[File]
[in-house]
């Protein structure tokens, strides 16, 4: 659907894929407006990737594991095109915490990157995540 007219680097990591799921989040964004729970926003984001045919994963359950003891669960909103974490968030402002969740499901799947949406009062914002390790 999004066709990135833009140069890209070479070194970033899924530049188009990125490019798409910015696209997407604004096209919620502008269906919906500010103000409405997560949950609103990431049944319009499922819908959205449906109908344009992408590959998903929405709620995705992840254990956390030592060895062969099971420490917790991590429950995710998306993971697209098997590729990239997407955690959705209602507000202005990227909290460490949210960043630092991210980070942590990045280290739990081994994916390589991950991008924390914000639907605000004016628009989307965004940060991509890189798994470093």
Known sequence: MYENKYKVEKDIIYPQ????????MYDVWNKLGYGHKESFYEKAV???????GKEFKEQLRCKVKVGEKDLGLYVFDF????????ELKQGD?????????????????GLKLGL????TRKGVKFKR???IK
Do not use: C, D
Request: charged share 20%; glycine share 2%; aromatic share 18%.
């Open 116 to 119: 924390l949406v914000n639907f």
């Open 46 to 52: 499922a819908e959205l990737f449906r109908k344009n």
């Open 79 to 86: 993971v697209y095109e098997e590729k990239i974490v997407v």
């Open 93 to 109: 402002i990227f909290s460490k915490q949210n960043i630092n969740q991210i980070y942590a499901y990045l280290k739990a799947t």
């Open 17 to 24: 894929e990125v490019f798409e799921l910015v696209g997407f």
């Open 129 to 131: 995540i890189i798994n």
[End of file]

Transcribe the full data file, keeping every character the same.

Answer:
[in-house]
């Protein structure tokens, strides 16, 4: 659907894929407006990737594991095109915490990157995540 007219680097990591799921989040964004729970926003984001045919994963359950003891669960909103974490968030402002969740499901799947949406009062914002390790 999004066709990135833009140069890209070479070194970033899924530049188009990125490019798409910015696209997407604004096209919620502008269906919906500010103000409405997560949950609103990431049944319009499922819908959205449906109908344009992408590959998903929405709620995705992840254990956390030592060895062969099971420490917790991590429950995710998306993971697209098997590729990239997407955690959705209602507000202005990227909290460490949210960043630092991210980070942590990045280290739990081994994916390589991950991008924390914000639907605000004016628009989307965004940060991509890189798994470093």
Known sequence: MYENKYKVEKDIIYPQ????????MYDVWNKLGYGHKESFYEKAV???????GKEFKEQLRCKVKVGEKDLGLYVFDF????????ELKQGD?????????????????GLKLGL????TRKGVKFKR???IK
Do not use: C, D
Request: charged share 20%; glycine share 2%; aromatic share 18%.
């Open 116 to 119: 924390l949406v914000n639907f």
């Open 46 to 52: 499922a819908e959205l990737f449906r109908k344009n």
């Open 79 to 86: 993971v697209y095109e098997e590729k990239i974490v997407v």
């Open 93 to 109: 402002i990227f909290s460490k915490q949210n960043i630092n969740q991210i980070y942590a499901y990045l280290k739990a799947t």
């Open 17 to 24: 894929e990125v490019f798409e799921l910015v696209g997407f």
């Open 129 to 131: 995540i890189i798994n």